Thousands of 'penis fish' mysteriously wash up on beach

Thousands of 'penis fish' mysteriously wash up on beach

Thousands of fish resembling penises have washed up on Drakes Beach in northern California due to the recent weather conditions, as reported by Bay Nature.

This sudden influx of so-called "penis fish" was spotted on December 6 by biologist Ivan Parr. Experts believe the fish, known as fat innkeeper worms, were essentially forced out of their underwater burrows and consequently washed up on the beach by the recent storms in the area.

As you can see from the video below, the throbbing pink creatures very much resemble the male genitalia:

The fat innkeeper worm is a type of spoon worm with a spatula-shaped limb, which helps it to feed and swim. It can live up to 25 years and spends most of its life around the seafloor. It consumes bacteria, plankton, and various other particles, which it captures using ''slime nets'' that it also eats once it has finished feeding.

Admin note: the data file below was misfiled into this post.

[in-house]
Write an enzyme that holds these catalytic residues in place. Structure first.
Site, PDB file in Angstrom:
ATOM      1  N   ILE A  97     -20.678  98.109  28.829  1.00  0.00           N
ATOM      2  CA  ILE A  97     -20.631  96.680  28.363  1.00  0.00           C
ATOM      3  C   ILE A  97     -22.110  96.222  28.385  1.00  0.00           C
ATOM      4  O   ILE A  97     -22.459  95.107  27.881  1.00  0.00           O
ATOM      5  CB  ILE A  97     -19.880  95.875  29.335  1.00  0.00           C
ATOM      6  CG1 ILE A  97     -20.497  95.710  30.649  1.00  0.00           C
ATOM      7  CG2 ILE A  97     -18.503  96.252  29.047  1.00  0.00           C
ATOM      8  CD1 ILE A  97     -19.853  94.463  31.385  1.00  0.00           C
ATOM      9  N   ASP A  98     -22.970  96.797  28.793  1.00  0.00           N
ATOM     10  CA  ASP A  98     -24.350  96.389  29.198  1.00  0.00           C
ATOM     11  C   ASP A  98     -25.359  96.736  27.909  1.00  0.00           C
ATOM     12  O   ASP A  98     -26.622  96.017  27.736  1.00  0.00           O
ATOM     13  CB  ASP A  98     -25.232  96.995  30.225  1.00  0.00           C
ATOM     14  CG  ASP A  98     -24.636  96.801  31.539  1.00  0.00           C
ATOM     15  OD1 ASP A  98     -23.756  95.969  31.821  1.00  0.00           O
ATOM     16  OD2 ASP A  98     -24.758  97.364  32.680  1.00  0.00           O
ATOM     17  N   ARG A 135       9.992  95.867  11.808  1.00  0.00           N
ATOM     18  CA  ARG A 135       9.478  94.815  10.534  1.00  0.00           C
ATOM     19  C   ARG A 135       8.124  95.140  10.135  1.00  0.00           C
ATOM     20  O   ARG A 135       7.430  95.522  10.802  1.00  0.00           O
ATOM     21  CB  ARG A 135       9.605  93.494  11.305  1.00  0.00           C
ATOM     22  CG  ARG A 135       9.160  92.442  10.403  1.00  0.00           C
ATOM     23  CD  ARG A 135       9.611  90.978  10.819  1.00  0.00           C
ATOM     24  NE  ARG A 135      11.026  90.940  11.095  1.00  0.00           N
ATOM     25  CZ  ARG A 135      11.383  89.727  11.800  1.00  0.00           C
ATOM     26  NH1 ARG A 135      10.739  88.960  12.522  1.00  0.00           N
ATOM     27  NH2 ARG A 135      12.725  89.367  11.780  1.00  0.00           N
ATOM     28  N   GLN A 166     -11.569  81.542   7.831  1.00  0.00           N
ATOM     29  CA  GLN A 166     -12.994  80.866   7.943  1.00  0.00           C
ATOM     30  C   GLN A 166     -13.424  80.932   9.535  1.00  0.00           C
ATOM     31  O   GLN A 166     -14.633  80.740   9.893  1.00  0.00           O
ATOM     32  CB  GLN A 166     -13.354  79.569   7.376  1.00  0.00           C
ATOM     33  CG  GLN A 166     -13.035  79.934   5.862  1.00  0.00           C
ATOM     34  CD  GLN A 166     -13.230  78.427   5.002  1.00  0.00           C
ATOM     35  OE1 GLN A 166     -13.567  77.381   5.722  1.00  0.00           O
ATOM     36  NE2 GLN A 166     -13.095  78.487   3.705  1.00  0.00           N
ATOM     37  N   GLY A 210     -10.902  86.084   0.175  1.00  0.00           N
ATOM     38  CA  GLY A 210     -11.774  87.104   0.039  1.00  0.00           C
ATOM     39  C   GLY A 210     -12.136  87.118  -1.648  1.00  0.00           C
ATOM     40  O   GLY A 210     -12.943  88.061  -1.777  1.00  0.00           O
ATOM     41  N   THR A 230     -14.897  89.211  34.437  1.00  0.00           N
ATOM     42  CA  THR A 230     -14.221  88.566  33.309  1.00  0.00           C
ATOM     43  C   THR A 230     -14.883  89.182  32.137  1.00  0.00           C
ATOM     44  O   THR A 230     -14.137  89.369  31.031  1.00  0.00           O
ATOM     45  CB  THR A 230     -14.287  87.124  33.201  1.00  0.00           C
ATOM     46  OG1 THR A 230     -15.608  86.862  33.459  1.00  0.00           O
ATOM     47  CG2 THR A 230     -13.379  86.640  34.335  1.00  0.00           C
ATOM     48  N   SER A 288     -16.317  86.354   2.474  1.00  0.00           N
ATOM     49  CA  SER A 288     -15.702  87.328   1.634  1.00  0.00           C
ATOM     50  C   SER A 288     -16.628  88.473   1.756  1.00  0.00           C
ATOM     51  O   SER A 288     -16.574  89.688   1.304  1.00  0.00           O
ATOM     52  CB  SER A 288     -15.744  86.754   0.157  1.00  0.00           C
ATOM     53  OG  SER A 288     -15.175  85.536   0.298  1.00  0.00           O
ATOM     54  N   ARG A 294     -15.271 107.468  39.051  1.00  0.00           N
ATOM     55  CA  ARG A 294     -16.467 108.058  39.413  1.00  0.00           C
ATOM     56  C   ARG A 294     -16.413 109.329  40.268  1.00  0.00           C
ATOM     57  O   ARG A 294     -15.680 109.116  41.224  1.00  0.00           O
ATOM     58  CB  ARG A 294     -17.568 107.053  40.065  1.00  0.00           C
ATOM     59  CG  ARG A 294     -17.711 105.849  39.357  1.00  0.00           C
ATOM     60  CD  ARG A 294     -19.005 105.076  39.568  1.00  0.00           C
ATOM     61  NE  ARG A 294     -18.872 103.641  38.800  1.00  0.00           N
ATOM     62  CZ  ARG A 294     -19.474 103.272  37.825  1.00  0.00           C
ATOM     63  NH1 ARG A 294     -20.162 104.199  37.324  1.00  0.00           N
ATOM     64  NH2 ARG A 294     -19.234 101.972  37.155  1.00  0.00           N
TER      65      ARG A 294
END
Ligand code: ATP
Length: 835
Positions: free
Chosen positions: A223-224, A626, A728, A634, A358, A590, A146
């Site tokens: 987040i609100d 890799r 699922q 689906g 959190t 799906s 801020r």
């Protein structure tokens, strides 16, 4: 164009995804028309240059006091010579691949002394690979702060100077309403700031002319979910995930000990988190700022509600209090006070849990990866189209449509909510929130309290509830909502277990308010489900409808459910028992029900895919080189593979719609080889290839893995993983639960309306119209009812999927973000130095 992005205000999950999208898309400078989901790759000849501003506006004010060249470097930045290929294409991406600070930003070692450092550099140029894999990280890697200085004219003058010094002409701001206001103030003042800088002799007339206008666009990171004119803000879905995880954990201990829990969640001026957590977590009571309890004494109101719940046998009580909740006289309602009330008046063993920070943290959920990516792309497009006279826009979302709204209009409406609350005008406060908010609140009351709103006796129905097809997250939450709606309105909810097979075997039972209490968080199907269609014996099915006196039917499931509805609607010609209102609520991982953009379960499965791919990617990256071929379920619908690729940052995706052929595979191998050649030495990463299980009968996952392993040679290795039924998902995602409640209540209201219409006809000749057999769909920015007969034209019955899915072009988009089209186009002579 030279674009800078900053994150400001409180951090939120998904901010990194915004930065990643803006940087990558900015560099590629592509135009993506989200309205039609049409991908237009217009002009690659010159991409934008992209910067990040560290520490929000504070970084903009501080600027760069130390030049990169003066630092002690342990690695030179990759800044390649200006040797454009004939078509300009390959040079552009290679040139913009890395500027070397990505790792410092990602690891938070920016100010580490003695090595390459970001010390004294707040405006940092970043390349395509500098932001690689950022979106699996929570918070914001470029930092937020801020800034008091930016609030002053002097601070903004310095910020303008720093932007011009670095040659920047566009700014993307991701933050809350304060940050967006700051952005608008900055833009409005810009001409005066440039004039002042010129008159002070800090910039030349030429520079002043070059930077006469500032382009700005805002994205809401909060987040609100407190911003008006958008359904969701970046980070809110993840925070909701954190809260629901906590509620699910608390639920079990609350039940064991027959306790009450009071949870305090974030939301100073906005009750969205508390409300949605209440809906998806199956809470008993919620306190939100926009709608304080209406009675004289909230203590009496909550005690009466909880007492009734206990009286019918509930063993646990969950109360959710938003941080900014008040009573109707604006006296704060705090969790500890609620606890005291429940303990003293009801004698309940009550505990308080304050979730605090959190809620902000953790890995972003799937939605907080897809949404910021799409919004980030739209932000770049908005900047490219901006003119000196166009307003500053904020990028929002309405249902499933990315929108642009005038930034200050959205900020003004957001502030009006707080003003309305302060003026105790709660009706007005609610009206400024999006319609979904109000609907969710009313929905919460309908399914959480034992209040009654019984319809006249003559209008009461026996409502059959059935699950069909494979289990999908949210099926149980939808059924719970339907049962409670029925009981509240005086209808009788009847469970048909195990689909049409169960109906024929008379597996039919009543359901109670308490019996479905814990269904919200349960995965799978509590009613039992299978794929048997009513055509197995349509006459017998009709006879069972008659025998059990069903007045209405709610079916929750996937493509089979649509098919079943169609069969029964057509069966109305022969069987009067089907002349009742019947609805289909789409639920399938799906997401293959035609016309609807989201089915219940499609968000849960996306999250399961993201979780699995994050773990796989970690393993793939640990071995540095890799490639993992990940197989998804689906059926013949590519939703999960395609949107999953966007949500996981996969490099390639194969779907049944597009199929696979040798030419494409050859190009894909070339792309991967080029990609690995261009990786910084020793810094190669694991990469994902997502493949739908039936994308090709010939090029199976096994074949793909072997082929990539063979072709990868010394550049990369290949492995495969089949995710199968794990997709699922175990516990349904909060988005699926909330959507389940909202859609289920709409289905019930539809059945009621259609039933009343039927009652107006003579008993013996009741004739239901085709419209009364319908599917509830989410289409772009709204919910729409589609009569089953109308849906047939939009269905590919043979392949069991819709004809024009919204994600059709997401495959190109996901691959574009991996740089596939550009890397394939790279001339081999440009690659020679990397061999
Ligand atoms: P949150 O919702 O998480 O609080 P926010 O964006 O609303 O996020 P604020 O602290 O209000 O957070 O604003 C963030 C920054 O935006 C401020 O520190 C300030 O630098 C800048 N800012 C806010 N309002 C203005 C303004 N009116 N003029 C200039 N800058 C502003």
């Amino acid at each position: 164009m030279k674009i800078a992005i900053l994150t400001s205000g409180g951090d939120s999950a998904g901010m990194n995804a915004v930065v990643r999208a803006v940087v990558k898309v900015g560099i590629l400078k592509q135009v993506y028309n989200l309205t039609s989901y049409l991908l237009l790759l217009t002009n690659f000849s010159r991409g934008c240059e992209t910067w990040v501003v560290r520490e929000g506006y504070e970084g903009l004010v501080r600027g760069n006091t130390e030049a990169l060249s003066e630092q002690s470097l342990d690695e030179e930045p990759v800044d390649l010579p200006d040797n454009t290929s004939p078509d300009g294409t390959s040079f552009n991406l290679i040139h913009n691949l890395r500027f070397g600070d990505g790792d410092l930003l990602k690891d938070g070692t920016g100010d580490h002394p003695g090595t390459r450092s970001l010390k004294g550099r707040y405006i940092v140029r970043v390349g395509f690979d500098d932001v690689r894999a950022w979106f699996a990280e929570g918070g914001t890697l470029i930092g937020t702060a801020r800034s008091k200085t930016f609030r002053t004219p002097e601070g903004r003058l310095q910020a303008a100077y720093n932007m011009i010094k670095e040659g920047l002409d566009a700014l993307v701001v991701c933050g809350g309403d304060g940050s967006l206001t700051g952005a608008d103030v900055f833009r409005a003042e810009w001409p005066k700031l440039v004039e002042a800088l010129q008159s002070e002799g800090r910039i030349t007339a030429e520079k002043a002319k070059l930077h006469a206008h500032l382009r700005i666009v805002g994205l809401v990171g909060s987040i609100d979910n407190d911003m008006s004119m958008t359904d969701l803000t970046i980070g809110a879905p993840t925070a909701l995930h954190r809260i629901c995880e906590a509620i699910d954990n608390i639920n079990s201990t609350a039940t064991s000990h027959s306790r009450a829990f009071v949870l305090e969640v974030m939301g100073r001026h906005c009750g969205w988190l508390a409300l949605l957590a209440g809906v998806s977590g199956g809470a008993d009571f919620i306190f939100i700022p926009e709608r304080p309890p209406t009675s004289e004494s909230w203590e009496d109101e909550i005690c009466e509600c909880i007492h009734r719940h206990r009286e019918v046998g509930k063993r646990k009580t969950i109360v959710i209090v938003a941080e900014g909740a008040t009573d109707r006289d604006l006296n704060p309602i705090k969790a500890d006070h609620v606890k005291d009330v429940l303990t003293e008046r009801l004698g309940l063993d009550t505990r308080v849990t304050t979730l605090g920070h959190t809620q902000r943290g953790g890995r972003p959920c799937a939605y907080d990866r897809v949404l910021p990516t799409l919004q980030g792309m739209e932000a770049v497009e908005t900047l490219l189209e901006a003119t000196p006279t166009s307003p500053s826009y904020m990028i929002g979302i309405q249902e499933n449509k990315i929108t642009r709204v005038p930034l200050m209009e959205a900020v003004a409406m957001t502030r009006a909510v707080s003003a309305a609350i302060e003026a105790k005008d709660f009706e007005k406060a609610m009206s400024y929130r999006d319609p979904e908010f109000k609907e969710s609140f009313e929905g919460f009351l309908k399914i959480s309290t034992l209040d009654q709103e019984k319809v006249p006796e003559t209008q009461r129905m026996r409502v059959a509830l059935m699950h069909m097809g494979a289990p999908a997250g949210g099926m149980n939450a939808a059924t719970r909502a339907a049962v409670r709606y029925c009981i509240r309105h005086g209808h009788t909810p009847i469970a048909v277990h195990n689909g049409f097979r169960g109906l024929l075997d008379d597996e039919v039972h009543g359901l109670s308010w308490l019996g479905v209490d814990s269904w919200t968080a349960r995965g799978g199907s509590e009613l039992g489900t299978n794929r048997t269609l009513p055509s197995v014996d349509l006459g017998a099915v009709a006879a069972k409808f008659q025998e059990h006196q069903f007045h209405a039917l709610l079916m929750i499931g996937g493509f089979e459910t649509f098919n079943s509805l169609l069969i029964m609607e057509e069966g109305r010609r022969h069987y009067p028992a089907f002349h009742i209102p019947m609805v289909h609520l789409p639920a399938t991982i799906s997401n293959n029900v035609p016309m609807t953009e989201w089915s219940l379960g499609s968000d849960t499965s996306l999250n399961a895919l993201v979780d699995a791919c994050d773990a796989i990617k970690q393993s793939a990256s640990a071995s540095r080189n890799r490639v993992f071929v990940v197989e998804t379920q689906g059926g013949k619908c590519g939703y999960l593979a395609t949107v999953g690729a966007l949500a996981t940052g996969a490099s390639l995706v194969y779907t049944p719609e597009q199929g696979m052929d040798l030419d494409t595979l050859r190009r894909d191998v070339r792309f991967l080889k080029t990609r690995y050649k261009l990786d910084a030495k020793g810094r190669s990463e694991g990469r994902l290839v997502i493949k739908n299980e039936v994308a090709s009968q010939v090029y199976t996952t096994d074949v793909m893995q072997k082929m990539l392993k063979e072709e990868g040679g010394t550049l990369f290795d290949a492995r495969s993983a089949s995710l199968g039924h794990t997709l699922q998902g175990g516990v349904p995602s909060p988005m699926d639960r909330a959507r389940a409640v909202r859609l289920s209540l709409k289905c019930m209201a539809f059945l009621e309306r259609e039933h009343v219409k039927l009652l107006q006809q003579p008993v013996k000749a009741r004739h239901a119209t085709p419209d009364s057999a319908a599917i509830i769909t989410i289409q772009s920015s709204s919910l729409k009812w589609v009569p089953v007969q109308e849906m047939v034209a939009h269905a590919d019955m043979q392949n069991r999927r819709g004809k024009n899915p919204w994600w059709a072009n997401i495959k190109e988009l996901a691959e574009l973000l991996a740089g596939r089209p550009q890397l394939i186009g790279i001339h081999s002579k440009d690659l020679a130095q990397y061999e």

The 10-inch phallic creatures, which have also been compared to sausages, are called "innkeepers" because they create burrows in mud or sand that they leave behind for other creatures to inhabit. The burrow features a sort of sand chimney which allows it to enter and exit as well as catch food.

According to the experts, there are U-shaped burrows dating back 300 million years proving the creatures have enjoyed a lengthy existence.

“I didn’t expect to see such bizarre creatures on the ground,” David Ford, who saw the creatures firsthand, told Vice's Motherboard.

A woman posted this bizarre video of a creature resembling Dobby from the Harry Potter movies in her driveway:

“I had no idea what they might went on for two miles,” Ford continued. “I walked for another half hour and they were scattered everywhere. There were seagulls lined up the beach the whole way having eaten so much they could barely stand. A quarter of them looked like they were still alive. The rest were dead, they had a dead sea-creature smell.”